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India's industrial output rose just 0.6 percent in February, official figures showed Friday, adding to a string of weak economic data and bolstering the case for more interest rate cuts.
While the output increase at factories, mines and utilities defied analysts' forecasts of a 1.0-percent decline, it was much slower than January's 2.4 percent gain and a sign Asia's third-largest economy remains in trouble.
"It says quite a lot when we celebrate a 0.6 percent year-on-year industrial production output (rise), but this is testament to how low expectations have sunk," wrote Credit Suisse economist Robert Prior-Wandesforde.
Manufacturing, which accounts for three-quarters of India's Index of Industrial Production, grew 2.2 percent in February from a year earlier but output of consumer durables such as refrigerators and stoves fell by 2.7 percent.
"India's industrial sector remains very weak, mirroring the performance of the rest of the economy," said Glenn Levine, economist at Moody's Analytics.
Soft domestic demand was highlighted by figures this week showing car sales in the once fast-growing vehicle market suffered their first annual fall in a decade.
The economy's weakness, on top of a slight easing of consumer prices, bolstered hopes of a further interest rate cut at the central bank's May 3 meeting on top of two reductions earlier this year, economists said.
The output numbers "clearly point to a dismal state of affairs in the economy, requiring urgent and bold steps," said the head of industry body ASSOCHAM Rajkumar Dhoot.
Even in the flagship services sector, IT outsourcer Infosys reported weaker-than-expected fourth-quarter results on Friday and forecast slow growth for the year ahead, leading to a 21-percent fall in its share price.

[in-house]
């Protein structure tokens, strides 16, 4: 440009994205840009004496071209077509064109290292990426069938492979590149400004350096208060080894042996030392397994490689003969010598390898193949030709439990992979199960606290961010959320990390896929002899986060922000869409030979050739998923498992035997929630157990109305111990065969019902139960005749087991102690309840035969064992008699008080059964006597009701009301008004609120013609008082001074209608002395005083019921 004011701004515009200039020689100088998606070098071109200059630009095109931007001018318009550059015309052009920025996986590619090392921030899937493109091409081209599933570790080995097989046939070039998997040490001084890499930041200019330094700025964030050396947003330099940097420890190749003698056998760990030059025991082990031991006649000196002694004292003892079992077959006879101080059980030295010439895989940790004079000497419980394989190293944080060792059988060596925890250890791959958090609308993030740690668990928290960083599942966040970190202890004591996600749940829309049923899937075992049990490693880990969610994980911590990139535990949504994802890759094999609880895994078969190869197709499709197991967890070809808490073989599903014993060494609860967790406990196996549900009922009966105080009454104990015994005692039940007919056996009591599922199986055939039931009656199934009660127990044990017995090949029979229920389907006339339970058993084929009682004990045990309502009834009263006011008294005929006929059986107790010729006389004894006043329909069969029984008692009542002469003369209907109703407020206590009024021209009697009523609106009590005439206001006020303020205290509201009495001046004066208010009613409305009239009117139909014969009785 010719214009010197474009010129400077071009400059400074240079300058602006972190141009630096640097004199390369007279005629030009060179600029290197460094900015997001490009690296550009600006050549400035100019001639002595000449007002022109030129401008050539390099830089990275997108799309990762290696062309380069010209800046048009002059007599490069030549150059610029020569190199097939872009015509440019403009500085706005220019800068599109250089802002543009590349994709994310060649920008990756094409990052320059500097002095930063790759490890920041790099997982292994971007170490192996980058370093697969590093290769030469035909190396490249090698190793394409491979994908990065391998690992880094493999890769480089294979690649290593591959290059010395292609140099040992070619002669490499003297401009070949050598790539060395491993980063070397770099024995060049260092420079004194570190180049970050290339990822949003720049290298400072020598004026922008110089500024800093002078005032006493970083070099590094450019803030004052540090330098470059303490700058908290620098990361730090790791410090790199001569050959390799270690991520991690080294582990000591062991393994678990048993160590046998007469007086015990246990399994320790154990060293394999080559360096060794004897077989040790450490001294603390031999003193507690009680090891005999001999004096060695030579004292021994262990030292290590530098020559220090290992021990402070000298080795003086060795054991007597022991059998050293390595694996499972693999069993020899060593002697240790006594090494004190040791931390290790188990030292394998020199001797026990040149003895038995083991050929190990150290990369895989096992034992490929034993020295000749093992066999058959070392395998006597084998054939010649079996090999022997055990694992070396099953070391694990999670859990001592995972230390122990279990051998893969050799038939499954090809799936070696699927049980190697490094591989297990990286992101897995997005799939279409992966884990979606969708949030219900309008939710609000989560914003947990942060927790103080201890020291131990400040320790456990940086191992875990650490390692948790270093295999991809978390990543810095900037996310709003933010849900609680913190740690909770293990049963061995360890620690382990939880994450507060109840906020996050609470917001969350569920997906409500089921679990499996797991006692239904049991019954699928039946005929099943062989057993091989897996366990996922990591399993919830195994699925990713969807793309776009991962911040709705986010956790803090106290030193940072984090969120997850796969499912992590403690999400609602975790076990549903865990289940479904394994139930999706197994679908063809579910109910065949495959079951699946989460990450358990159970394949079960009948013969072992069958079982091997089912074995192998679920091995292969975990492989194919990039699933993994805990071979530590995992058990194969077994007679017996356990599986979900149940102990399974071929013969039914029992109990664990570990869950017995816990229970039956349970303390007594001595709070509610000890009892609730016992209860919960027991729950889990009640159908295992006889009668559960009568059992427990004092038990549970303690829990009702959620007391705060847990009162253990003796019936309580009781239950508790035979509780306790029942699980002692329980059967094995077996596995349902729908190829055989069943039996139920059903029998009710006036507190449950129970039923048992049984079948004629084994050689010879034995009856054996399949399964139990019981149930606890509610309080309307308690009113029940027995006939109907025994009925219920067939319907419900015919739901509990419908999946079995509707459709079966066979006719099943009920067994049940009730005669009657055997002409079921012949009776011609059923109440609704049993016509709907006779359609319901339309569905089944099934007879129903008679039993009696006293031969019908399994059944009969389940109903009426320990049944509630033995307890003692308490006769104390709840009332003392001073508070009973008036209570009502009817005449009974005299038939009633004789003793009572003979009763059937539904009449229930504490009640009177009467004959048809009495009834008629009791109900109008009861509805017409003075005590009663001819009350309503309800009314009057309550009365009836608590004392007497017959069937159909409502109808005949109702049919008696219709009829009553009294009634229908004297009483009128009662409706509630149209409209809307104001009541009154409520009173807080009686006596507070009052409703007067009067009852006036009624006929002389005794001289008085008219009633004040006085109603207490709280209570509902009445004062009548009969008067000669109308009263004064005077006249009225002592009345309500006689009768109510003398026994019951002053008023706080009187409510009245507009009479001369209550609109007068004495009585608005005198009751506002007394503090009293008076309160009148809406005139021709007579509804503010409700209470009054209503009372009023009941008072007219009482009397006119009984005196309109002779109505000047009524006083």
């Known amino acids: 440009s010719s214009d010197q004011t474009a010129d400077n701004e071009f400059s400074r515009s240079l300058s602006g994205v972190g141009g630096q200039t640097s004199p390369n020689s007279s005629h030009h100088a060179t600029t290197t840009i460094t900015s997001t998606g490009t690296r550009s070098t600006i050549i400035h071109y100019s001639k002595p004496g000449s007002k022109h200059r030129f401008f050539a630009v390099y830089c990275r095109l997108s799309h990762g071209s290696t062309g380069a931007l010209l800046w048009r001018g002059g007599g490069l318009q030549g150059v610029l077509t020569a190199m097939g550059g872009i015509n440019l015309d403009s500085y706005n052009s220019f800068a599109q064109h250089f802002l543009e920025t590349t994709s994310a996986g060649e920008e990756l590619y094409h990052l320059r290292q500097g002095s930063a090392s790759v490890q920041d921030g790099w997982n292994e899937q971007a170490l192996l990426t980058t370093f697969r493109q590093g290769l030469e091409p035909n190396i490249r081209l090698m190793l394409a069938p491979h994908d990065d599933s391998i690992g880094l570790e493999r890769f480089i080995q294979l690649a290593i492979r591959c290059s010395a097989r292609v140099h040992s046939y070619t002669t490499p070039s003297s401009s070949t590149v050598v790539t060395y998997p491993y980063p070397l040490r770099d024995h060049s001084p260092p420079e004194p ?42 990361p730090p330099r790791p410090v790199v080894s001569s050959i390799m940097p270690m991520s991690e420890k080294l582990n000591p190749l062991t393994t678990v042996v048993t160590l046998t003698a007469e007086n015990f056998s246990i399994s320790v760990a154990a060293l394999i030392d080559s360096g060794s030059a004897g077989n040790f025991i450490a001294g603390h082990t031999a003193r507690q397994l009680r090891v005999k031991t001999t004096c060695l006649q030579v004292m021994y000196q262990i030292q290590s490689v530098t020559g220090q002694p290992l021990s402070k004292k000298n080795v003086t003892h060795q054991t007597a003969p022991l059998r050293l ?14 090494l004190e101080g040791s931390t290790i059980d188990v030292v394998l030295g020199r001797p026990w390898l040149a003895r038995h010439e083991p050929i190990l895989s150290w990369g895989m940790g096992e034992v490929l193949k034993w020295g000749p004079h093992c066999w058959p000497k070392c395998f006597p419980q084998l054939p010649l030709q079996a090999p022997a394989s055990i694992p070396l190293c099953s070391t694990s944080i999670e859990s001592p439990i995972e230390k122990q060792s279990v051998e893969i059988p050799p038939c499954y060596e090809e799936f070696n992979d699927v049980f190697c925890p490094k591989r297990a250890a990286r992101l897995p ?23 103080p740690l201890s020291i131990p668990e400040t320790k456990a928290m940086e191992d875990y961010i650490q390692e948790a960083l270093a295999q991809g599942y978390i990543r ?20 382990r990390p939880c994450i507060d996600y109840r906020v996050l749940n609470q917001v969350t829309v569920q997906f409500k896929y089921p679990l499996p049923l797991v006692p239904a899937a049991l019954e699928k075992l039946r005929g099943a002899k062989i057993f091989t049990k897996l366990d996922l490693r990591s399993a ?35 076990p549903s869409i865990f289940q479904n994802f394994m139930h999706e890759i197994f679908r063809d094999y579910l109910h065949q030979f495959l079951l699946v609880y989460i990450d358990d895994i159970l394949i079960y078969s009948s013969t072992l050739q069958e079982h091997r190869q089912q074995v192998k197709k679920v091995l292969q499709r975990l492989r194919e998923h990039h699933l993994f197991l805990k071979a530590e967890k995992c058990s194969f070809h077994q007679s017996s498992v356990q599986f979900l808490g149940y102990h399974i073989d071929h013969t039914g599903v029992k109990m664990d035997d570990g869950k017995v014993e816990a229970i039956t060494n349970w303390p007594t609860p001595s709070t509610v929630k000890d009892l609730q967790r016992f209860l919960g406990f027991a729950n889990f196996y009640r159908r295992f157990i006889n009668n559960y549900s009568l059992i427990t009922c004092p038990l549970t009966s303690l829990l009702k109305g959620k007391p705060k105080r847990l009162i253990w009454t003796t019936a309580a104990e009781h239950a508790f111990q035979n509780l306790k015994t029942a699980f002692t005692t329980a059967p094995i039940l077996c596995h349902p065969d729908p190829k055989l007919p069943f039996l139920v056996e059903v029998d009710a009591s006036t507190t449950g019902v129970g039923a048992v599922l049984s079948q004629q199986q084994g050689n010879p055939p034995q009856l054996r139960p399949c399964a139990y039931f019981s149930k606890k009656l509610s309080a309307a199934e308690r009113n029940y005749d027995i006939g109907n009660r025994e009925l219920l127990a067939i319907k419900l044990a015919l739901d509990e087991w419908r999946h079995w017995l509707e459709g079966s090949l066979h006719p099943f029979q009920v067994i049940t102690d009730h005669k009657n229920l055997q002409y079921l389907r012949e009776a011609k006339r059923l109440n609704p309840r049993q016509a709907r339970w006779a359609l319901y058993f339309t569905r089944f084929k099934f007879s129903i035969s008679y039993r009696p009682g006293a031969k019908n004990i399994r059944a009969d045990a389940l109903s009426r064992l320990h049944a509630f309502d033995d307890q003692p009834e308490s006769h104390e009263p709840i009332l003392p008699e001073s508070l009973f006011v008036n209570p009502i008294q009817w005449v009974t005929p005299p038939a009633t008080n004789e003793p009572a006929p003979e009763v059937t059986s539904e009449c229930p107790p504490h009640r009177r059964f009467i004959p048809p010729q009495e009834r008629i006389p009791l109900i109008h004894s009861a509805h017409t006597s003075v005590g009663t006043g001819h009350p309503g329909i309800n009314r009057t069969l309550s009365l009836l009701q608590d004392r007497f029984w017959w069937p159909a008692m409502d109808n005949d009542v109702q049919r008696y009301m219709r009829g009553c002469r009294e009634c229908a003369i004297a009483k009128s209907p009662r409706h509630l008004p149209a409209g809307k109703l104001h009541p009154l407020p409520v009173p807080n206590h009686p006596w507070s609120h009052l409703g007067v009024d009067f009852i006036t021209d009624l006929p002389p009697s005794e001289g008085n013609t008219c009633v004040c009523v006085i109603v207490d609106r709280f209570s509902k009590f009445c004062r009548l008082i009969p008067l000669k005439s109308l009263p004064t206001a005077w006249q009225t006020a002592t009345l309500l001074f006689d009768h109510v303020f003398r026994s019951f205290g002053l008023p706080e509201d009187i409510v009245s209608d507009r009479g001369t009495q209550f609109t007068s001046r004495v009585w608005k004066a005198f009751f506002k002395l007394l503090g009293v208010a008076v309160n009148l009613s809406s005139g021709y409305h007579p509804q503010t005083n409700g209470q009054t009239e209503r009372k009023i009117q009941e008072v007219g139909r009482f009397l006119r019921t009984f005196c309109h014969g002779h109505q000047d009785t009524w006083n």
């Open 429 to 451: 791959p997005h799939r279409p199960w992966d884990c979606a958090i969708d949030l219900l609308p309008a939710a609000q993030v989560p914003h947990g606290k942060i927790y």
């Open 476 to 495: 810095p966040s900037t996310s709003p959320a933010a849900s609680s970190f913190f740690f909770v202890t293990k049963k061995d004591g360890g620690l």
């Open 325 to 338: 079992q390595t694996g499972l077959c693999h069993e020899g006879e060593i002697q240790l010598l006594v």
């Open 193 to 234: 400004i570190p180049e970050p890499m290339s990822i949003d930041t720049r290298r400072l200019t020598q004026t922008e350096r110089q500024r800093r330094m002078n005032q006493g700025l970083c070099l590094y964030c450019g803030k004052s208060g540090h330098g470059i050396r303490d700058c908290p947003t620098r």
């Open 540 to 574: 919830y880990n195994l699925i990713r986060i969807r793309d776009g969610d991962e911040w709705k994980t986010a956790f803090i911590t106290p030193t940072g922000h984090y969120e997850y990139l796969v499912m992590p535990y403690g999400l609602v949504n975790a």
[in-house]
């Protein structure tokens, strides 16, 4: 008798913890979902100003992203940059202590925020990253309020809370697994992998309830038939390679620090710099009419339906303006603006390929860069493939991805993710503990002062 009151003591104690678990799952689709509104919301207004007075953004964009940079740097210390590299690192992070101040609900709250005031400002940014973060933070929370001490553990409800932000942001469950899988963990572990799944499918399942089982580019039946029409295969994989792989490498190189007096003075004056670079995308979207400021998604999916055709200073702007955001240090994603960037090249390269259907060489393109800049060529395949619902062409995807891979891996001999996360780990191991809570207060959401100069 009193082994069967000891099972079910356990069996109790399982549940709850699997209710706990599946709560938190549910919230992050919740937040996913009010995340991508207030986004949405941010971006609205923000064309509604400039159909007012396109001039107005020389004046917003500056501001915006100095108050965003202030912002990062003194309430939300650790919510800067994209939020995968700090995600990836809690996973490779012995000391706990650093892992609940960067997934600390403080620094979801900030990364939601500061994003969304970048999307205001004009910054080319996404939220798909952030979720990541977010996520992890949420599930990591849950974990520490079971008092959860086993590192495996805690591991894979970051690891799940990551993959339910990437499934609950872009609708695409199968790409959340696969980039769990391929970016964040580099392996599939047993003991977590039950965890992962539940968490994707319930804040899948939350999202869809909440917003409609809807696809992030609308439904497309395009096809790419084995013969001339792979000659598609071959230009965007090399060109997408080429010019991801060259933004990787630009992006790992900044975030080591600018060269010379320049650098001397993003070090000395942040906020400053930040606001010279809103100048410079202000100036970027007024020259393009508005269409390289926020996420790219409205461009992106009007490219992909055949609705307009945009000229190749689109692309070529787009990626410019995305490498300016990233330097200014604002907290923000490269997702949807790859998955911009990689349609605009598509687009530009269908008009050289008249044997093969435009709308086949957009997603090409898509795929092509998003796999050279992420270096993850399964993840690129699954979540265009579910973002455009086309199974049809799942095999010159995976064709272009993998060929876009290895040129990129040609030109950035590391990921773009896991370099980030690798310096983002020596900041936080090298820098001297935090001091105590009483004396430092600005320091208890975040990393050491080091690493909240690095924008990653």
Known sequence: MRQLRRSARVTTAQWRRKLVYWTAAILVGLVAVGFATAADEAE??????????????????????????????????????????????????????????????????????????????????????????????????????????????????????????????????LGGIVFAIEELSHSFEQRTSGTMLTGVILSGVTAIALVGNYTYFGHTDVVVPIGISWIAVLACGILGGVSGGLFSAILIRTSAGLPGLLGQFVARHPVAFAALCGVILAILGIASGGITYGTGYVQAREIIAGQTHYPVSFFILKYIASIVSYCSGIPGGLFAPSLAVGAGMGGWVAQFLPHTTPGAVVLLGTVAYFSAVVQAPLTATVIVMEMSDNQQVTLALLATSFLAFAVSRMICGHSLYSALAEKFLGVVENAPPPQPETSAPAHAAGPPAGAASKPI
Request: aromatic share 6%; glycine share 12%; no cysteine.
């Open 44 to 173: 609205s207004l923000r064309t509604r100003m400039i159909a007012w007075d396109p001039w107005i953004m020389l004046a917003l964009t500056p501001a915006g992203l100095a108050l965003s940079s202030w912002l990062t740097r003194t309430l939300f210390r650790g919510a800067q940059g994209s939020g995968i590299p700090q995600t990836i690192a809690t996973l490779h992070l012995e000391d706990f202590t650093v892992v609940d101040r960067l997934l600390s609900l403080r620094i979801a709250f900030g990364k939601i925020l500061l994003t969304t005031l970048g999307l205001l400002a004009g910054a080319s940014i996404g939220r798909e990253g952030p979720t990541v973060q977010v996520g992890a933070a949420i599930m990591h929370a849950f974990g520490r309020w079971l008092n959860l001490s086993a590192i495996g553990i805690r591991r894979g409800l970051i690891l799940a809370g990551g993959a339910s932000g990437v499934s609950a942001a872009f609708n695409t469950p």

Offering a glimmer of hope, the industrial data showed output of capital goods such as machinery and equipment -- seen as a barometer of investment intentions -- rose 9.5 percent after shrinking 1.7 percent in January.
The government forecasts the economy will grow by around six percent in this financial year starting April 1 after estimated expansion of five percent last year, its slowest pace in a decade.
The Congress-led government has been battered by a spate of corruption scandals and is keen to revive growth before facing voters in polls due in early next year.
The economy has been hit by high interest rates in the face of stubbornly strong inflation, falling exports and slow investment caused by fears about corruption and disappointment with the government's reform programme.
Analysts say industrial output will remain tepid due to soft global demand as well as supply bottlenecks caused by dilapidated highways, ports and other infrastructure.
Business has urged the government to accelerate reforms to open the economy wider to foreign investment and to speed up infrastructure project clearances. It has also been calling for aggressive rate cuts to boost consumption.
But inflation makes big rate cuts impossible, the bank has said, underscored by the Consumer Price Index on Friday showing retail inflation slipped in March for the first time in six months but still in double digits at 10.39 percent.